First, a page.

Networks have an incredible opportunity to re-think how information and resources are used. Instead of looking to an executive, we can look to one another and assess what our goals are and how we might each contribute to get there. Organizations that participate in networks may find that it takes considerable effort to break habits based on organizational norms such as looking for clear directions to follow. Networks that use a collective impact framework may have a backbone organization leading coordination, but this can carry with it a risk that the other organizations will easily revert to the habits of traditional hierarchies that they are accustomed to.
The solution: Develop an internal communications strategy. Sometimes networks put the cart before the horse by thinking about marketing or branding before they’ve focused on group clarity and coordination. Establishing group identity and an internal narrative will help your network progress, and it will also help those outside the network better understand what you are doing and why. A strategy should include your network’s shared goals and their coordinated plan for reaching it. A discussion about how resources will be shared should also include how external communication will be supported and executed, preparing the cart for when the horse is really to run.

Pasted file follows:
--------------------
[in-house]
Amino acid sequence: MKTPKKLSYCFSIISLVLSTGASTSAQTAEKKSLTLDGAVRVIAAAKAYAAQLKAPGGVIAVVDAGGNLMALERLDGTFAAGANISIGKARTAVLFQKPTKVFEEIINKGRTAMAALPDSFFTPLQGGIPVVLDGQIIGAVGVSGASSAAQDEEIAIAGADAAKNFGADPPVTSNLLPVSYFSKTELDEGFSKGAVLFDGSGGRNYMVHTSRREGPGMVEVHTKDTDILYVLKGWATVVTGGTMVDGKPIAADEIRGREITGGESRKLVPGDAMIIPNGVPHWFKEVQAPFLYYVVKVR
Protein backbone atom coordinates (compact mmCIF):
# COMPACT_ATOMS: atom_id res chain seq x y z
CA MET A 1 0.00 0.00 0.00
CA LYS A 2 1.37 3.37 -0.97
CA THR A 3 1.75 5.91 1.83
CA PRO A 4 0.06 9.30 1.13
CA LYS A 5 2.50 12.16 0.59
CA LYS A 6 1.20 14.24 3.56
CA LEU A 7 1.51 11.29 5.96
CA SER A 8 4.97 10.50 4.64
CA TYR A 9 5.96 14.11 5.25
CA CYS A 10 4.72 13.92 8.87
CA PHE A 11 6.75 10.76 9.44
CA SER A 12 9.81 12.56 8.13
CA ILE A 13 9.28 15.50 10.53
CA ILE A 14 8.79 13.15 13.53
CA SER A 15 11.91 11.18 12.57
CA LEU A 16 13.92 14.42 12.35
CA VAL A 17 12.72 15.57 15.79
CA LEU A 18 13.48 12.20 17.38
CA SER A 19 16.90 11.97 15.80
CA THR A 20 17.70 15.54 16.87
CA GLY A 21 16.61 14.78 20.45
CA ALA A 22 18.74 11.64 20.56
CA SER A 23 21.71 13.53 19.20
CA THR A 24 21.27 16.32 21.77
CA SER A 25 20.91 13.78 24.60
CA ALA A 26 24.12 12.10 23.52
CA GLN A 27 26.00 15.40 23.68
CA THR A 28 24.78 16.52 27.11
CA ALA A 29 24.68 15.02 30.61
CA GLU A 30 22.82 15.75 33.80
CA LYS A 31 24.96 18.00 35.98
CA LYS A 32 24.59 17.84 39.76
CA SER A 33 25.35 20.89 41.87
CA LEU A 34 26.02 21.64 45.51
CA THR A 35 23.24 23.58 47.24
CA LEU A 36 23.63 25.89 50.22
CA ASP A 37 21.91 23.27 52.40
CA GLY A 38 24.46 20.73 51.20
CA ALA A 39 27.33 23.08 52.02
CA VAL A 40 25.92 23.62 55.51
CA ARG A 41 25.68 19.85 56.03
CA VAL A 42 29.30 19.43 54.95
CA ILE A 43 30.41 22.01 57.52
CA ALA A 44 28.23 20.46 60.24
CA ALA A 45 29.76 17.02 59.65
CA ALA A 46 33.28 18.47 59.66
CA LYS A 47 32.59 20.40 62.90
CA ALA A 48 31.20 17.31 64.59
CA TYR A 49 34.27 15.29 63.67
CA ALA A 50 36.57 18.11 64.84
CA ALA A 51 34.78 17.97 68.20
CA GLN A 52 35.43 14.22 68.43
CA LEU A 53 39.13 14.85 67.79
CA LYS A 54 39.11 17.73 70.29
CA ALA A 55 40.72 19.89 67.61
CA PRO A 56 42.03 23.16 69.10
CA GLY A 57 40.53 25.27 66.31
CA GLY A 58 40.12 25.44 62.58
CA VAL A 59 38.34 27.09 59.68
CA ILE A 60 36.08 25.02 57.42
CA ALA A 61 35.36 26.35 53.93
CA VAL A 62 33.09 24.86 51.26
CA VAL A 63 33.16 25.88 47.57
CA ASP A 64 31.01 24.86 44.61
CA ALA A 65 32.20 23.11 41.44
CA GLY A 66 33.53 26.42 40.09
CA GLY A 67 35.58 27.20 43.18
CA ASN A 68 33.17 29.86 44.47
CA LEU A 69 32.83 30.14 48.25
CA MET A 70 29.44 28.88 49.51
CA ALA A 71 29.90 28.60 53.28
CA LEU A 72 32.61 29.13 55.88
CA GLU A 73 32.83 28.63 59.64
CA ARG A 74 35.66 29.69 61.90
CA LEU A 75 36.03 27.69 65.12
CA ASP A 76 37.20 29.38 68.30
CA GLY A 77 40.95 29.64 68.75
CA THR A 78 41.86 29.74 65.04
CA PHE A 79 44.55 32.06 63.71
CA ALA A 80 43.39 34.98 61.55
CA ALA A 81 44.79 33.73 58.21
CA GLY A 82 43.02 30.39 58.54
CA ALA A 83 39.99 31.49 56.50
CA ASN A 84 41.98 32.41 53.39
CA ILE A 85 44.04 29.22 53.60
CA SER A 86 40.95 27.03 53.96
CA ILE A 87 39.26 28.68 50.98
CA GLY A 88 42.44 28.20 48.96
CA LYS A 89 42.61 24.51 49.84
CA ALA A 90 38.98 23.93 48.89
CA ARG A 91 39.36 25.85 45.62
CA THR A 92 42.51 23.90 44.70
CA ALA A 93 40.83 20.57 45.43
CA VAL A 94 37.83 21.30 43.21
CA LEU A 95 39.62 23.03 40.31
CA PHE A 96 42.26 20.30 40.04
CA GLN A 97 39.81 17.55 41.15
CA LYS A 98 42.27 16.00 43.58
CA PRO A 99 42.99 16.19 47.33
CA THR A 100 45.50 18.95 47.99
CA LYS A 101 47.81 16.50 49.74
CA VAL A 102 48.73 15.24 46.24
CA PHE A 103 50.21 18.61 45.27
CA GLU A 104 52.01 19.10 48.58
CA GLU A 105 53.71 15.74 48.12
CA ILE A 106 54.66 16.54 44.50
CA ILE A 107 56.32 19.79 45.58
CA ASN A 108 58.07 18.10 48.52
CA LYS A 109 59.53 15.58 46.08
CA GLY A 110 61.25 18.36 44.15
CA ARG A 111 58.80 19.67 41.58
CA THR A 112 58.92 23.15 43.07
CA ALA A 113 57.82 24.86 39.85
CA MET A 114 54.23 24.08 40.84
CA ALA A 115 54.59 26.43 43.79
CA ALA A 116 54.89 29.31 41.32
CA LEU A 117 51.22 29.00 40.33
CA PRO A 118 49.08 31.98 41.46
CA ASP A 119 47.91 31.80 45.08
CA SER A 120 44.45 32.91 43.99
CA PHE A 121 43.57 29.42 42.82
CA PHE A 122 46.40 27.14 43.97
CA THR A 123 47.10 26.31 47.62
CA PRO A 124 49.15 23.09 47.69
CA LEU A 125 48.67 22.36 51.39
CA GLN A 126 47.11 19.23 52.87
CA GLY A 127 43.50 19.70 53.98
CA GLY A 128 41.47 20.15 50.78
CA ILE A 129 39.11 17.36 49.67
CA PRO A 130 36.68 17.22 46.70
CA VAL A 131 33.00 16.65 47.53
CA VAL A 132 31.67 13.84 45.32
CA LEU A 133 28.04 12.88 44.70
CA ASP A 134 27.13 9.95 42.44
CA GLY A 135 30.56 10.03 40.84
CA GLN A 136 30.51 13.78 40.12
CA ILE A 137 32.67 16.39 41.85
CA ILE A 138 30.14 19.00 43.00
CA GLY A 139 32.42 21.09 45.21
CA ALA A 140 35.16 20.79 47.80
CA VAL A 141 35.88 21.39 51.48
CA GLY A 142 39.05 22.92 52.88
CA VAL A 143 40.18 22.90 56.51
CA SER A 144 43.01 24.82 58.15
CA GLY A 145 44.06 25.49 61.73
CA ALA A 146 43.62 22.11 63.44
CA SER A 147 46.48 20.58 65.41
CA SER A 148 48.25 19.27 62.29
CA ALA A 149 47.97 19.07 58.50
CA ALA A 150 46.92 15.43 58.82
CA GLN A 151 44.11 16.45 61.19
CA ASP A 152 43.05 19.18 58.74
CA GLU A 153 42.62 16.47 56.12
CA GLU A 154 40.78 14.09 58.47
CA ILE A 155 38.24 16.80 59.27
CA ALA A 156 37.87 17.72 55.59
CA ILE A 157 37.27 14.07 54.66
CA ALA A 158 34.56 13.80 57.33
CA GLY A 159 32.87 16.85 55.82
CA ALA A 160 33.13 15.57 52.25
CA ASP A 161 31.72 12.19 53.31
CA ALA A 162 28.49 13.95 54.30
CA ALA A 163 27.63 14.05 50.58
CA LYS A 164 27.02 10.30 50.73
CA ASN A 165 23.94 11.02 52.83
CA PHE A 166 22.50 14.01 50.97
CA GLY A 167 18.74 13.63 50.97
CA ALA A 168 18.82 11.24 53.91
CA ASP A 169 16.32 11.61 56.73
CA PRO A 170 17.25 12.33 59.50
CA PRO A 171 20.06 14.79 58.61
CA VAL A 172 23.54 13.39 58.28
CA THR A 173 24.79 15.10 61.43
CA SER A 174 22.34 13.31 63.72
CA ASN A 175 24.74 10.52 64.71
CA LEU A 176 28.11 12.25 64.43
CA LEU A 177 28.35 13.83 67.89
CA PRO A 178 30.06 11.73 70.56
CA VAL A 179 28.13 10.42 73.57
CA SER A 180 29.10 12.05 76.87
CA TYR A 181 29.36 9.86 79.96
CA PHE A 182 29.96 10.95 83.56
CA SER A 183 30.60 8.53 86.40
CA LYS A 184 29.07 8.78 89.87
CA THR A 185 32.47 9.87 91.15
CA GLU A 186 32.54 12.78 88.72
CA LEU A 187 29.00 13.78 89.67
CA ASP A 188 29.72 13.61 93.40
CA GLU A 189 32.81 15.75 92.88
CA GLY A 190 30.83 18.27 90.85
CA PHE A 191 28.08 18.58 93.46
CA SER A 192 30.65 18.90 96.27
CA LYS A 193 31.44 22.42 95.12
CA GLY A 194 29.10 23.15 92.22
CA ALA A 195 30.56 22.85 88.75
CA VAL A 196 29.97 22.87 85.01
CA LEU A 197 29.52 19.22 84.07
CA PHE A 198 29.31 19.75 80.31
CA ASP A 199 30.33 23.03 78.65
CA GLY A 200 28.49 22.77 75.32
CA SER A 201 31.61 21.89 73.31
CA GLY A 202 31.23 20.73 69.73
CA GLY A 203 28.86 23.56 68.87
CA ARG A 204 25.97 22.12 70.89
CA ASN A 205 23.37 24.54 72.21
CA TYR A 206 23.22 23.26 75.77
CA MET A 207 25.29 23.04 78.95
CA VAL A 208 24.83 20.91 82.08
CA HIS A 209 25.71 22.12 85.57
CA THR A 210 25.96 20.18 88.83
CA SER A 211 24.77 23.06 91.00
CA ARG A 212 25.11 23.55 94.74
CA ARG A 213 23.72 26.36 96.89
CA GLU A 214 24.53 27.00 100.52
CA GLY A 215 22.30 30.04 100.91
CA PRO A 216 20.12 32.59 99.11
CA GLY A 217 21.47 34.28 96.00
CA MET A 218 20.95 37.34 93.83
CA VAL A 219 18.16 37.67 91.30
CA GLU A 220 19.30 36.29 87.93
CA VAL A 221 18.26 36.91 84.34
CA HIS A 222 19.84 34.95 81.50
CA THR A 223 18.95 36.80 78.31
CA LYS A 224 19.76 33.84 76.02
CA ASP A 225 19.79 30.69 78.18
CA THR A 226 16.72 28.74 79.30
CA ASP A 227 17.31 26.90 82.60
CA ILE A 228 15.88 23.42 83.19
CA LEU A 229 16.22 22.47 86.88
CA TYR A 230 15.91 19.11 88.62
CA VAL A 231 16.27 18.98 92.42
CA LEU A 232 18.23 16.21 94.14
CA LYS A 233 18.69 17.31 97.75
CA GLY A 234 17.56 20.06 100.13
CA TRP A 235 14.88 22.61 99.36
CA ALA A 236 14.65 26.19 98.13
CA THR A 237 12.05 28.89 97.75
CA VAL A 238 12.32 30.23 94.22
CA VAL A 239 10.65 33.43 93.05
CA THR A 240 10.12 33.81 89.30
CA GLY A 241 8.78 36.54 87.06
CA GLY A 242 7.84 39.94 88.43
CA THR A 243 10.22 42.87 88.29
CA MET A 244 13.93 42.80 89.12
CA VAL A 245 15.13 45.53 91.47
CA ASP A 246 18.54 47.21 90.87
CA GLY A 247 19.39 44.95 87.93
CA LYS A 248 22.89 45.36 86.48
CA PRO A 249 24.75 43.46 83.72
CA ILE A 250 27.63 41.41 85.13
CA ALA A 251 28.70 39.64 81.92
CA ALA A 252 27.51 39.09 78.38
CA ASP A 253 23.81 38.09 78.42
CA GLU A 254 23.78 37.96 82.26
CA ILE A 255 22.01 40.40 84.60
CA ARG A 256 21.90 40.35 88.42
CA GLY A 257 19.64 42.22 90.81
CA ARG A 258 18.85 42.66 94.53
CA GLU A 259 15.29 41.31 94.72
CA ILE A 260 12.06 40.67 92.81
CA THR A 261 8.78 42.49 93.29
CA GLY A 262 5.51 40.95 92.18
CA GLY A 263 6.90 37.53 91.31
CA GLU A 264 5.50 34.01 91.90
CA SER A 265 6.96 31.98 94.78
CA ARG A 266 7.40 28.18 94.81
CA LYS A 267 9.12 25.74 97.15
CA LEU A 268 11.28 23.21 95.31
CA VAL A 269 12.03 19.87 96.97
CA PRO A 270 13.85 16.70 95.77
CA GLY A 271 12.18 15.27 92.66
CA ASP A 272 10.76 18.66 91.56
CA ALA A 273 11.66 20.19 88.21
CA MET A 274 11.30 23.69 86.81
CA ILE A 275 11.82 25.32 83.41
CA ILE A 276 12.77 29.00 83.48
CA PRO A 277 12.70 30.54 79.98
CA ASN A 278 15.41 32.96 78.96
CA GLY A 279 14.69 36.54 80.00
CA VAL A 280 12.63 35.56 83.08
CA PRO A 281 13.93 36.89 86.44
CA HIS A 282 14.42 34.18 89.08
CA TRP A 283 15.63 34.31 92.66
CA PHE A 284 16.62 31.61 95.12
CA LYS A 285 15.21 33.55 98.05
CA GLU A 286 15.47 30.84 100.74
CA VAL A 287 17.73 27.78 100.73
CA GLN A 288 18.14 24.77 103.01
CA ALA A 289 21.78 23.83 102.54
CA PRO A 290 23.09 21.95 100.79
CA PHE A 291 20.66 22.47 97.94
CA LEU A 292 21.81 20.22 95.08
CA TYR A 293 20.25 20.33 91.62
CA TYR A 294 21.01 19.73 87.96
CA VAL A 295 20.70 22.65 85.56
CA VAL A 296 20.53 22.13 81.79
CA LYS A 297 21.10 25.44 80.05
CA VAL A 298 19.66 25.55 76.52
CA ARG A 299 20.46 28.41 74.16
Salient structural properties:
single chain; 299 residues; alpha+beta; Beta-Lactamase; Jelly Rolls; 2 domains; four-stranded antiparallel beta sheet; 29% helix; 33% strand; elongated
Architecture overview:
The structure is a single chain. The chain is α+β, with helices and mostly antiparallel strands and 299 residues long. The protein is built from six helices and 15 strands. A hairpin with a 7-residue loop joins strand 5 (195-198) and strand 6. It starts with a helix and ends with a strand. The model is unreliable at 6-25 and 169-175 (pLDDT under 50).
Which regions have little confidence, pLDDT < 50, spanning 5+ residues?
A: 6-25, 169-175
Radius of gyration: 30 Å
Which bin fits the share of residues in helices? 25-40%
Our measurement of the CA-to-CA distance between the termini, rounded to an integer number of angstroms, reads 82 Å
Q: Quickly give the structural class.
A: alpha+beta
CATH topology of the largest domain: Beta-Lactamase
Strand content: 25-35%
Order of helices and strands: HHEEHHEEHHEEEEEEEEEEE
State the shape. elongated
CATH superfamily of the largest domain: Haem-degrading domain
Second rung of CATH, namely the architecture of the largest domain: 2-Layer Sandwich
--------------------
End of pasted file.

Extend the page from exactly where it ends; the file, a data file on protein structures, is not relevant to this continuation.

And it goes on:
It is important to remember that communication both reflects and drives culture. One network I’ve worked with developed their strategic plan together, but then months later when the network was getting disorganized and losing focus, the plan was sitting on the shelf. A different one continues to reference their shared vision, even sharing best practices with other networks.